Quota system for women on boards in Britain

Lord Davies's dismissal of a quota system to allow more women to sit on top UK boards is a lost opportunity
Lord Davies's report Women on Boards will do little to rectify the dearth of senior women in the UK's top companies. His rejection of imposed quotas in favour of voluntary targets of at least 25 per cent female representation on FTSE-100 boards by 2015 lets companies off the hook. The recommendation that the "comply or explain" principle be enshrined in a revised corporate governance code allows firms to carry on as they have always done, and excuse their lack of progress with a traditional argument about "lack of suitable or available female talent".
Female talent abounds—it's just that it is often not directly under the noses of boards. I've argued here before that the real losers are not the women who don't make it to the board but companies themselves, not to mention their shareholders. Most women consciously step off the corporate career ladder, unwilling to make the sacrifices to the rest of their lives that a senior job in a top company requires. But unbalanced boards have consequences for corporate success, and Davies sets out the business case, with a body of supporting evidence, persuasively in his report.
For example, research shows that companies with more board-level women enjoy a 42 per cent higher return on sales, a 66 per cent higher return on invested capital and a 53 per cent higher return on equity than their rivals. Also, gender-balanced boards are better able to understand their equally gender-balanced customers and stakeholders, as well as bringing different perspectives, ideas and challenges that cut through group-think.
What's more, it makes no sense to have half the available competencies-those embodied in women-sitting outside the door, particularly in a climate where good people are hard to find and keep.
The wonder is that more boards don't understand the business case. Maybe they do, but dominated by men as they are their fear of being overrun by women outweighs their ambition for corporate success. The possibility that Britain's boardrooms are the last bastions of male chauvinism is a depressing thought.
Even more dispiriting is the fact that gender bias is so hardwired in companies-whose structures were designed by and for men-that women themselves are prejudiced against their own sex, albeit unconsciously. The new targets "must not result in helicoptering women into top roles", said Penny de Valk, chief executive of the Institute of Leadership & Management. Men are helicoptered into top jobs all the time, ostensibly as saviours but with mixed results. So why should women be denied the same chance?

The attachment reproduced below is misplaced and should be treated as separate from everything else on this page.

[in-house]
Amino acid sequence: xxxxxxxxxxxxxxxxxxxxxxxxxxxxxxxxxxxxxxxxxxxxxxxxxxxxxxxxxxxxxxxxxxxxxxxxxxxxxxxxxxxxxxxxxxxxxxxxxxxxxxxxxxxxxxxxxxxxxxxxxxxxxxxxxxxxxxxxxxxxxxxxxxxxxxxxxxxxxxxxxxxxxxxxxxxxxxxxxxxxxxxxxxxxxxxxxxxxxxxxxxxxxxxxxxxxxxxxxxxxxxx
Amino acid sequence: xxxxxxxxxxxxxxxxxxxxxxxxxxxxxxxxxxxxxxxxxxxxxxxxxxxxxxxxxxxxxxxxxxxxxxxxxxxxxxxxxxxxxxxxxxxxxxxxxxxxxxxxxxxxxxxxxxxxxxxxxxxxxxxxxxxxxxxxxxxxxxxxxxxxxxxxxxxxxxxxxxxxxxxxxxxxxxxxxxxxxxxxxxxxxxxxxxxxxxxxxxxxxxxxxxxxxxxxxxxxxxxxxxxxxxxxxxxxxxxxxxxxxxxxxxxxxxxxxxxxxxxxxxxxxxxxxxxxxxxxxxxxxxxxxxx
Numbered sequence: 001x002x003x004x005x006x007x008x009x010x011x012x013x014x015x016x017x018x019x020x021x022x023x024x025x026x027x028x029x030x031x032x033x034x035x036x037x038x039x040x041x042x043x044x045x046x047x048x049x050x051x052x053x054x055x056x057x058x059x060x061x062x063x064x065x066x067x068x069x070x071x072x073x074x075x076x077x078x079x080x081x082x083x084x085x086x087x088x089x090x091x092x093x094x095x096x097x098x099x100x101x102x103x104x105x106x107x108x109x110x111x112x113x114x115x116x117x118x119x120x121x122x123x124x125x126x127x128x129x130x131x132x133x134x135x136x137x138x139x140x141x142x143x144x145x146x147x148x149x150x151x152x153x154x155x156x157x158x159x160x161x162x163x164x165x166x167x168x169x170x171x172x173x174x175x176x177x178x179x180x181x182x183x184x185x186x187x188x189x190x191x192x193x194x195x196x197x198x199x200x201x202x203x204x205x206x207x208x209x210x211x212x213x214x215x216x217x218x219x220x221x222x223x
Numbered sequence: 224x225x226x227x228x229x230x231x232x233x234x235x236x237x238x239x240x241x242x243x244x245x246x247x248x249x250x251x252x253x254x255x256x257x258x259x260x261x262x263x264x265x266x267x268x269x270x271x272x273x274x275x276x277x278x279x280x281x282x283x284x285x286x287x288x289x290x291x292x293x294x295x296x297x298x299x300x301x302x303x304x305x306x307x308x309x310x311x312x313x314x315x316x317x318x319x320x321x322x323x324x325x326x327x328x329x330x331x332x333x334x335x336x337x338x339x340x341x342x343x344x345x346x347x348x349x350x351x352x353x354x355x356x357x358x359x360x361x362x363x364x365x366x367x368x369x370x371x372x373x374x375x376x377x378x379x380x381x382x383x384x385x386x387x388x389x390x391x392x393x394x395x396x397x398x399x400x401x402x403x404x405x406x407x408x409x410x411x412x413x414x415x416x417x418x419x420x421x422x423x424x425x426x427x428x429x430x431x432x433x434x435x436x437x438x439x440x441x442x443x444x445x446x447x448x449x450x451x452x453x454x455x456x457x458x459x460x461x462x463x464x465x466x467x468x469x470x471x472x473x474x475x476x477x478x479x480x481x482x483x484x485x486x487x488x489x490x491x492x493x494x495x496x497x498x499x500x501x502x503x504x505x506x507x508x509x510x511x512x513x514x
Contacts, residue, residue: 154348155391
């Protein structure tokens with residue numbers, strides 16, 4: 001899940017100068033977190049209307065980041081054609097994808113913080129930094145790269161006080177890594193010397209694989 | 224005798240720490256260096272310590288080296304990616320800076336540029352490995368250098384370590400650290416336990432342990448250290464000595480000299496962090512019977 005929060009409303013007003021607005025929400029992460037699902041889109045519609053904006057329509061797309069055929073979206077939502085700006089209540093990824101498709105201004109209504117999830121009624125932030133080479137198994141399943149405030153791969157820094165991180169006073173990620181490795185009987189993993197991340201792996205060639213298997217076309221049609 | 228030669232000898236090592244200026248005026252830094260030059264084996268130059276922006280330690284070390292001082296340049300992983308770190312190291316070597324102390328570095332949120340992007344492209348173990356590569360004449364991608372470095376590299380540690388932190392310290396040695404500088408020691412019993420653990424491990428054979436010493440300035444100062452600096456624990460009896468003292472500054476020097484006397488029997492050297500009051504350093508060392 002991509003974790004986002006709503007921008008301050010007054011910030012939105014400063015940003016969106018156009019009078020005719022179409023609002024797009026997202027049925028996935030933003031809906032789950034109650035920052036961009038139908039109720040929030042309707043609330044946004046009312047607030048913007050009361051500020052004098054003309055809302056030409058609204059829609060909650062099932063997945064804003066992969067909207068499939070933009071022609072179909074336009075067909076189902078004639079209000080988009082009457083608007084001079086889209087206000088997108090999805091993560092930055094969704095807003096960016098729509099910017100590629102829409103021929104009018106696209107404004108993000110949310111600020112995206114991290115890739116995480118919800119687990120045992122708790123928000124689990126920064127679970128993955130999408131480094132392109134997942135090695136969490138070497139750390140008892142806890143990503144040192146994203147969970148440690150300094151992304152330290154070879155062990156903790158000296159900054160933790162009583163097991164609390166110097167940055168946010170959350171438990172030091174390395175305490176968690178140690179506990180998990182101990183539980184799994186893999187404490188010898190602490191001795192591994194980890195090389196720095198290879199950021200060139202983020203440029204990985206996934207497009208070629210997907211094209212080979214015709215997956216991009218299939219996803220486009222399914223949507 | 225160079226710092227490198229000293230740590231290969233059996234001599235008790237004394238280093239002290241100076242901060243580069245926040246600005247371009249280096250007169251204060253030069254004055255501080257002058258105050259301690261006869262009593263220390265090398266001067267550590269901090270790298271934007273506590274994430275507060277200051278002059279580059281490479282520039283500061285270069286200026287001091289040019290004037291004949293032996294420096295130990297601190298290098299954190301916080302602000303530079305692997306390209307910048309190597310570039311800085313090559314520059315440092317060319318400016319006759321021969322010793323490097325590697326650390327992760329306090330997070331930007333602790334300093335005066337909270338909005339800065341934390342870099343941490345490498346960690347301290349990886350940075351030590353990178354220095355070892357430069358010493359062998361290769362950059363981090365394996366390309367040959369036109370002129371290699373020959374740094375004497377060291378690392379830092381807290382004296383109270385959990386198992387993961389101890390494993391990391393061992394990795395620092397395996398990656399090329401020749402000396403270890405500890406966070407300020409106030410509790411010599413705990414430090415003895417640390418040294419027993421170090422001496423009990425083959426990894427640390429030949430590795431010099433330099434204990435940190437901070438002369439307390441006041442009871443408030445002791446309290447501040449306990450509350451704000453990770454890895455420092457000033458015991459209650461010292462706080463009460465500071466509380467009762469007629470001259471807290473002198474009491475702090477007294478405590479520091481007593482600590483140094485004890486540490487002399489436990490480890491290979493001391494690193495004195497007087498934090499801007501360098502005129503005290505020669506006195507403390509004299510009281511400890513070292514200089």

Another woman I spoke to said quotas would create "a false environment", but would it really be any more false than the one that sees most (male) non-executive directors nodded into jobs through the old boys' network, without a formal interview?
Most of the 89 per cent of respondents to Davies's review who opposed quotas were women-afraid, it seems, that appointments under the quota system would devalue women's contribution. But isn't this slight possibility infinitely preferable to the current system, which prevents them making much of a contribution at all?
In truth, most of the arguments against quotas hold for targets too, so it's disappointing that Davies didn't bite the bullet. Despite their drawbacks, quotas would seem to be no more imperfect than the system that has prevailed for too long-and they could prove the platform for change that we so clearly need. According to the most recent Female FTSE report from Cranfield School of Management, women still made up only 12.5 per cent of the members of FTSE-100 boards and 7.8 per cent of FTSE-250 boards in 2010.
Four out of 10 Norwegian directors are now female since the introduction of quotas in 2008, and there hasn't been a major corporate collapse there. Other European countries are set to follow suit, and it seems inevitable that unless British companies set and meet the required targets it will be only a matter of time before mandatory quotas are imposed here, too.
But it will be a short-sighted company that attempts to simply paint over the damp wall of organisational structures, processes and cultures that repel, rather than attract, ambitious women, and lots of talented men, too. Real change will come from a combination of the "push" of quotas and the "pull" of more attractive working environments.
So the collective sigh of relief echoing around Britain's boardrooms needs to turn into the panting of exertion as boards wrestle with the rising damp and dry rot which, if left untreated, could bring the whole edifice crumbling around their ears.